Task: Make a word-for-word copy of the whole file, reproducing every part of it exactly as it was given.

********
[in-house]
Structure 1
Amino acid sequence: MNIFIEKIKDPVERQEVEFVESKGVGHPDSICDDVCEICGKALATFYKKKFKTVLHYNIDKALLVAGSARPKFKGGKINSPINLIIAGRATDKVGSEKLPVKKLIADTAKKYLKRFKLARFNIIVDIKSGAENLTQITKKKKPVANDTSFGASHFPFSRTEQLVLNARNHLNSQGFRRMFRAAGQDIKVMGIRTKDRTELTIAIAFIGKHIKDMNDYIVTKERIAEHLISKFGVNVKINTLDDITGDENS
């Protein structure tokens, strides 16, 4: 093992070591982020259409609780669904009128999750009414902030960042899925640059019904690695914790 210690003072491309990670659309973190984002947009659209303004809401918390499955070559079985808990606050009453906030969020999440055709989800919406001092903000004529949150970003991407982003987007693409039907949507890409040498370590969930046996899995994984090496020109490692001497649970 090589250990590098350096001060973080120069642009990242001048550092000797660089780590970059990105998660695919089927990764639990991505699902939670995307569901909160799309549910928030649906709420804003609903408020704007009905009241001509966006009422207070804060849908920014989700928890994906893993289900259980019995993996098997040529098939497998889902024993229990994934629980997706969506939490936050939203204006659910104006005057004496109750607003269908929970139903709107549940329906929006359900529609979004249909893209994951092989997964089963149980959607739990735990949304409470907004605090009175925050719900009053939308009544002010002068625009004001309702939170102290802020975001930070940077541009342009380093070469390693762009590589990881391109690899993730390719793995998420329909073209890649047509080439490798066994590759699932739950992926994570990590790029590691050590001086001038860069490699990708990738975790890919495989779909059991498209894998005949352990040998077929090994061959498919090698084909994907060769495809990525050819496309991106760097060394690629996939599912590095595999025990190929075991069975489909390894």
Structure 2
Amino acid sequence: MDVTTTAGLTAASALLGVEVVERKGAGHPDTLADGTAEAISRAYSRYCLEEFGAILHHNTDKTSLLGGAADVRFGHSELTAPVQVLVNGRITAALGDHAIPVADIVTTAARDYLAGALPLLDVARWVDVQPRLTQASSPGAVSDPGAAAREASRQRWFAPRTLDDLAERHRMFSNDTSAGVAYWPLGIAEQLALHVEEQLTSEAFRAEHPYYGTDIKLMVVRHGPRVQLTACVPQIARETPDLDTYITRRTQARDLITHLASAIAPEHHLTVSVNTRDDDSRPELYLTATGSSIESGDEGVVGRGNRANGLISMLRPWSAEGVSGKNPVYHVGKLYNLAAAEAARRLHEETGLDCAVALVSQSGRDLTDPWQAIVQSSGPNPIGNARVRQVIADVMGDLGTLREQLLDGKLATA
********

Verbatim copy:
[in-house]
Structure 1
Amino acid sequence: MNIFIEKIKDPVERQEVEFVESKGVGHPDSICDDVCEICGKALATFYKKKFKTVLHYNIDKALLVAGSARPKFKGGKINSPINLIIAGRATDKVGSEKLPVKKLIADTAKKYLKRFKLARFNIIVDIKSGAENLTQITKKKKPVANDTSFGASHFPFSRTEQLVLNARNHLNSQGFRRMFRAAGQDIKVMGIRTKDRTELTIAIAFIGKHIKDMNDYIVTKERIAEHLISKFGVNVKINTLDDITGDENS
């Protein structure tokens, strides 16, 4: 093992070591982020259409609780669904009128999750009414902030960042899925640059019904690695914790 210690003072491309990670659309973190984002947009659209303004809401918390499955070559079985808990606050009453906030969020999440055709989800919406001092903000004529949150970003991407982003987007693409039907949507890409040498370590969930046996899995994984090496020109490692001497649970 090589250990590098350096001060973080120069642009990242001048550092000797660089780590970059990105998660695919089927990764639990991505699902939670995307569901909160799309549910928030649906709420804003609903408020704007009905009241001509966006009422207070804060849908920014989700928890994906893993289900259980019995993996098997040529098939497998889902024993229990994934629980997706969506939490936050939203204006659910104006005057004496109750607003269908929970139903709107549940329906929006359900529609979004249909893209994951092989997964089963149980959607739990735990949304409470907004605090009175925050719900009053939308009544002010002068625009004001309702939170102290802020975001930070940077541009342009380093070469390693762009590589990881391109690899993730390719793995998420329909073209890649047509080439490798066994590759699932739950992926994570990590790029590691050590001086001038860069490699990708990738975790890919495989779909059991498209894998005949352990040998077929090994061959498919090698084909994907060769495809990525050819496309991106760097060394690629996939599912590095595999025990190929075991069975489909390894």
Structure 2
Amino acid sequence: MDVTTTAGLTAASALLGVEVVERKGAGHPDTLADGTAEAISRAYSRYCLEEFGAILHHNTDKTSLLGGAADVRFGHSELTAPVQVLVNGRITAALGDHAIPVADIVTTAARDYLAGALPLLDVARWVDVQPRLTQASSPGAVSDPGAAAREASRQRWFAPRTLDDLAERHRMFSNDTSAGVAYWPLGIAEQLALHVEEQLTSEAFRAEHPYYGTDIKLMVVRHGPRVQLTACVPQIARETPDLDTYITRRTQARDLITHLASAIAPEHHLTVSVNTRDDDSRPELYLTATGSSIESGDEGVVGRGNRANGLISMLRPWSAEGVSGKNPVYHVGKLYNLAAAEAARRLHEETGLDCAVALVSQSGRDLTDPWQAIVQSSGPNPIGNARVRQVIADVMGDLGTLREQLLDGKLATA